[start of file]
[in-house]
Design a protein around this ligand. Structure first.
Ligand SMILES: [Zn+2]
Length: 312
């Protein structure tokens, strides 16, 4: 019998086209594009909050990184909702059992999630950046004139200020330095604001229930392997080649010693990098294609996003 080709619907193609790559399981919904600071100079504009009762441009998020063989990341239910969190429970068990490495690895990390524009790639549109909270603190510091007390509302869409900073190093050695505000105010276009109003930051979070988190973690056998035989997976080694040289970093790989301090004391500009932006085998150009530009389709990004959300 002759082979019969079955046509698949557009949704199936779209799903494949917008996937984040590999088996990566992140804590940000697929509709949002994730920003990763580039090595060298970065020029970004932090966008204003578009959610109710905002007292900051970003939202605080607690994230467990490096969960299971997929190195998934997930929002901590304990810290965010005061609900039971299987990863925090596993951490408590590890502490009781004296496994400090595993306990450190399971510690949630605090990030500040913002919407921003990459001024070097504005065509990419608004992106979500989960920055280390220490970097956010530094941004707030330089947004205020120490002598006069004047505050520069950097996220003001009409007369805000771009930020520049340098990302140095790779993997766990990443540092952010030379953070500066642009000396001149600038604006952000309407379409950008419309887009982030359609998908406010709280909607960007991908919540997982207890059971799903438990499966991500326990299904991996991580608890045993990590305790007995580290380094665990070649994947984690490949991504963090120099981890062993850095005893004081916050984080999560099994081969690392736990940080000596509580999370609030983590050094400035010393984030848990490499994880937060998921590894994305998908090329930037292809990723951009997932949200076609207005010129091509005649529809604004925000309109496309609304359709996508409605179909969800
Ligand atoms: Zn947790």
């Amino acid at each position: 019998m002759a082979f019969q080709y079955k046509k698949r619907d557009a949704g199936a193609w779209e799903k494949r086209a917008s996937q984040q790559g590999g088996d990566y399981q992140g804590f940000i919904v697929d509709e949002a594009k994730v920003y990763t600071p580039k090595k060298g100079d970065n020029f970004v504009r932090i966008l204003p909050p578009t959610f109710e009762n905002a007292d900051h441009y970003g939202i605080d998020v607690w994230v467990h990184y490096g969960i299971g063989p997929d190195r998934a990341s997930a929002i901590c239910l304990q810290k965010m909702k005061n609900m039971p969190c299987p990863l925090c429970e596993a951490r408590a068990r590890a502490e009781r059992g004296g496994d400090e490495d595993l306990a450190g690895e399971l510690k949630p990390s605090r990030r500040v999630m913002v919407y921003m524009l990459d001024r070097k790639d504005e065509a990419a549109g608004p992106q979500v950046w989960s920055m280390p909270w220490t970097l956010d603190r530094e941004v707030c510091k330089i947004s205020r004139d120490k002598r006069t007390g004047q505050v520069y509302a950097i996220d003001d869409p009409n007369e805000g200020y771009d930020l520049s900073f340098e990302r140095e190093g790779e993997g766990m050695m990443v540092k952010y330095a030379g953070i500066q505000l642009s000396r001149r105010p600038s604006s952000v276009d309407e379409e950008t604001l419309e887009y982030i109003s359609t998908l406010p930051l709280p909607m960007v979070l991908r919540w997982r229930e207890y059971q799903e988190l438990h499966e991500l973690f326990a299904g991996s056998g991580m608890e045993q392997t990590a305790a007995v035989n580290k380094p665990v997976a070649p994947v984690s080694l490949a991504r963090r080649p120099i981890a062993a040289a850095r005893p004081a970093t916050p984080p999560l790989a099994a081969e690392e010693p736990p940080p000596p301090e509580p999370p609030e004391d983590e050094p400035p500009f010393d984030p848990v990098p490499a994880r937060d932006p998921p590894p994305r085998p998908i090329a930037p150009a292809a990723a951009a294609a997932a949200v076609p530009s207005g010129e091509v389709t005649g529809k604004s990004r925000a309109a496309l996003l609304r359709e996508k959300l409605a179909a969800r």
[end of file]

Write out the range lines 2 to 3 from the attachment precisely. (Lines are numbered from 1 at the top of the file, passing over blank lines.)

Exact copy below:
Design a protein around this ligand. Structure first.
Ligand SMILES: [Zn+2]